The FM tuner is competent enough, using the Neuros II’s display for its digital frequency readout. The player uses the headphone wires as its antenna. I did not notice any difference in reception with the supplied earbuds and any of the aftermarket headphones that I also used. FM radio conditions in southwestern Idaho are certainly not in the league of the northeast, so I was unable to check distant station reception or adjacent channel rejection since the stations in the Boise Valley are well separated in frequency and none is further than about 20 miles from me.
Another interesting feature of the Neuros II is a built-in FM transmitter, something that Digital Innovations calls “MyFi”. This low-powered transmitter enables the Neuros II to broadcast to a nearby (within around 20 feet) radio, removing the need for awkward adapters and connectors. This is particularly useful in the car, since many newer models don’t have cassette players and many people don’t want to fumble with a cassette adapter. The Neuros II can be configured to automatically turn on its FM transmitter if the headphones are not plugged in. In my Volkswagen New Beetle and Honda Accord (both with antennas in the rear), the Neuros worked very nicely via FM, although it didn’t have enough power to overcome a radio station broadcasting on the same frequency. But there are plenty of frequencies from which to choose, so, unless you live in an area that is crowded with FM broadcasters, you should enjoy good results. MyFi won’t win any audiophile competitions – its sound quality is only as good as your FM radio, but it’s certainly convenient.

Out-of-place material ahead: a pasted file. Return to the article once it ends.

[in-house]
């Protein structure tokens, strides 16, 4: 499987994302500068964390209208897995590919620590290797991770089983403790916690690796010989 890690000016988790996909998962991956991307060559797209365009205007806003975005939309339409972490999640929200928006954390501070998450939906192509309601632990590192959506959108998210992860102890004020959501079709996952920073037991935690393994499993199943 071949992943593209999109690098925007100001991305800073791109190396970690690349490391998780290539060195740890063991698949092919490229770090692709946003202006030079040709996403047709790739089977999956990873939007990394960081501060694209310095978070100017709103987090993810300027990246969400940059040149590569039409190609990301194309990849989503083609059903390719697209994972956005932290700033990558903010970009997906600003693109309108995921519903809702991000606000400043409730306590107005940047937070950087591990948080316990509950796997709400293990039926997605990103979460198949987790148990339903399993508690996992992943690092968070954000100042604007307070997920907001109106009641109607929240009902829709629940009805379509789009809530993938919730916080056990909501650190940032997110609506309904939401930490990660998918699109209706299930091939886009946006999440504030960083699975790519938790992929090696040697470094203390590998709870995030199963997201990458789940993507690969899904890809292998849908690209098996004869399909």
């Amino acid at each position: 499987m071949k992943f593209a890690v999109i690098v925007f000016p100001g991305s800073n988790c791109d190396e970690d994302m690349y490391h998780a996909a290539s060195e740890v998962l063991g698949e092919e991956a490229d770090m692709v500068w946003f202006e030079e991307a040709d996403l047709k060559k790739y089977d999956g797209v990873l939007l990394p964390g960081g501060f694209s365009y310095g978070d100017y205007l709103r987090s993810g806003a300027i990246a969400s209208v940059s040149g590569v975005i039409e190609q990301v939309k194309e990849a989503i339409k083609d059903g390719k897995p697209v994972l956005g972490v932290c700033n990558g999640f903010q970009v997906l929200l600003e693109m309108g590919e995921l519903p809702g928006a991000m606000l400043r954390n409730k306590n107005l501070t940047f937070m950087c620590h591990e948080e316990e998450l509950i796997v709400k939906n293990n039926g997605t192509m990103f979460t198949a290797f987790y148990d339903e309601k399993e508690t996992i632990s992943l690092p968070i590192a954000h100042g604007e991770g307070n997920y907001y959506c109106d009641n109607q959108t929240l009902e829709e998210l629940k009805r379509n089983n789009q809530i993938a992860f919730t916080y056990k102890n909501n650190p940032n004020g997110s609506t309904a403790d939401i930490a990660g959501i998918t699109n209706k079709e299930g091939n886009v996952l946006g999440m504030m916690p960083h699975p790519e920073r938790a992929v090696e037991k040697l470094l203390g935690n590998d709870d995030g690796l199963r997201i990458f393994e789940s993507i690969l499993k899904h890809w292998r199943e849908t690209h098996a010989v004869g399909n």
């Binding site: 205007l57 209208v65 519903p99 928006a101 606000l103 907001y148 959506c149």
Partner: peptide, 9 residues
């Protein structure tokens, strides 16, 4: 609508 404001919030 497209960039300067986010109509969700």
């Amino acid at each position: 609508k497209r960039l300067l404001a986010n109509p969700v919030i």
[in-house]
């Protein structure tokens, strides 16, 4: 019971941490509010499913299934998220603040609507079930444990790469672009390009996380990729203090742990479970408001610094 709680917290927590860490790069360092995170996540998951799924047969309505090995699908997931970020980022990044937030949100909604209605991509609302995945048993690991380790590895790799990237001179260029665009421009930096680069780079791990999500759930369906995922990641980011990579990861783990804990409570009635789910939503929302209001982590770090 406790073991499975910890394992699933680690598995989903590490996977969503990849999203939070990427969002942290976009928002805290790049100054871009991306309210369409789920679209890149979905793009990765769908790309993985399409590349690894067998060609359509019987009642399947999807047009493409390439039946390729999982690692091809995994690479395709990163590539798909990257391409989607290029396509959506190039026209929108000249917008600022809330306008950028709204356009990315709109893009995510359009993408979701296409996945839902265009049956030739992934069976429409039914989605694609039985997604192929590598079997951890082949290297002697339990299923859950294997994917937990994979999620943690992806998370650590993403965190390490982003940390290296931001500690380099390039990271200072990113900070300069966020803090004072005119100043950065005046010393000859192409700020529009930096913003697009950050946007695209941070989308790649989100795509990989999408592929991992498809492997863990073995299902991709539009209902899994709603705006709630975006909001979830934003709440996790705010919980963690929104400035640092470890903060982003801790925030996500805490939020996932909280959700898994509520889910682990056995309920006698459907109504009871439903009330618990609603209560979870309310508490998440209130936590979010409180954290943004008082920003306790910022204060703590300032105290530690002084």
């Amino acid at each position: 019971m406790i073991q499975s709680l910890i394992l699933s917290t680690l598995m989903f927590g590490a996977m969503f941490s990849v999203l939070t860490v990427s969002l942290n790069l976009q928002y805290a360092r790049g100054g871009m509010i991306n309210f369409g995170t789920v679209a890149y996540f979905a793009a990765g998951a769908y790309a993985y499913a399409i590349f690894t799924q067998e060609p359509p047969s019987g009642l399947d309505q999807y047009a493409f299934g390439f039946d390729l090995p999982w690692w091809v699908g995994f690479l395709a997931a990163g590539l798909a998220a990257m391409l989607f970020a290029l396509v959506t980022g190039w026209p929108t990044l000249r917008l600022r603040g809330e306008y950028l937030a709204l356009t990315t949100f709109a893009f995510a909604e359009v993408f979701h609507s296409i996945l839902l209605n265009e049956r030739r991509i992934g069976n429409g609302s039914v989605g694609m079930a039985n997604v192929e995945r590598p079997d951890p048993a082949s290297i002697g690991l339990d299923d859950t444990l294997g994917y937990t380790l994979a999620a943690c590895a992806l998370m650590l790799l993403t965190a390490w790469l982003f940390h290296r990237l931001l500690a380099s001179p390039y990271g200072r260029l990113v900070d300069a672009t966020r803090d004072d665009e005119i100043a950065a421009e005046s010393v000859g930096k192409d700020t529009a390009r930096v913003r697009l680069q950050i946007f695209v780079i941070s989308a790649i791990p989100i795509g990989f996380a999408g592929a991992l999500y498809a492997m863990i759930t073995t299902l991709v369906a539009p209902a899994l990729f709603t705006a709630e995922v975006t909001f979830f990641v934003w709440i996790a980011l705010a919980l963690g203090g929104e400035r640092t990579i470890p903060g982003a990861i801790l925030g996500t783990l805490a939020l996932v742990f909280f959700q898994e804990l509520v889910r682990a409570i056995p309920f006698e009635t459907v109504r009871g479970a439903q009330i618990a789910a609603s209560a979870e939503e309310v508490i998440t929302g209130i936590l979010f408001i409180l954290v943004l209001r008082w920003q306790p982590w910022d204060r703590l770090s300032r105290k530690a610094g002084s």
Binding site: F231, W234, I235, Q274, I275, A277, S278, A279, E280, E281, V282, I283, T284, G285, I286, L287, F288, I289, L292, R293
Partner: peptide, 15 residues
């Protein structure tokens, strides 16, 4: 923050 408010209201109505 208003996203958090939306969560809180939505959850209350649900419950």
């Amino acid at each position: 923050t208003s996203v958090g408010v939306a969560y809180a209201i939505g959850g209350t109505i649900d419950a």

The Neuros also has an integrated microphone and a line in connector for digital recording in WAV or MP3 formats. As a convenience, the Neuros will also act as a portable USB 2.0 hard drive when connected to a computer.
But of course, we really want to know how it sounds! The answer, as with many things, is, “It depends.” With the supplied earbuds, even high bitrate audio files were fairly lifeless and felt as though the frequency range was terribly constricted. In fact, listening to my Denon DVD-1000 through the earbuds revealed the same problems. Clearly, the earbuds need some work. Since I did not want to compromise the Neuros II’s potential with the supplied earbuds, I did the rest of my listening with a combination of Sennheiser HD-580 and Grado SR-225 headphones, occasionally using an inexpensive headphone amplifier as well.
Again, tradeoffs reared their ugly heads. The Neuros II was capable of reasonably impressive sonic fidelity with either uncompressed or very high bitrate compressed files, at the expense of eating a lot of hard drive space. I found that the best compromise between sonic performance and hard drive consumption was with the Ogg Vorbis OGG format at Q=8. I used the free programs Exact Audio Copy and oggenc to create several files from a few reference CDs.
Even a high bitrate OGG file is not going to be confused with the CD original, although I felt that the loss in dynamic range, presence and absolute frequency response was a reasonable price to pay for the convenience of being able to pile several thousand songs into the player. Uncompressed WAV files certainly recaptured a substantial portion of what was lost in the compression, but again, you won’t confuse the output of the Neuros II with that of a good CD player. But that’s not the aim of the Neuros II.
Listening to the soundtrack from the movie Gladiator, I was impressed with what the Neuros II captured. Yes, some of the immediacy and sense of being there was missing, but through the Sennheisers, the Neuros II captured the spirit of the music and transported me back to those scenes of the movie without any sense of fatigue or consciously thinking that I was making a sonic sacrifice. The character of the classic guitar was clearly present and the impact of the Holst-derived orchestrations gave me the same thrill that I felt through the same headphones connected to the Denon DVD-1000.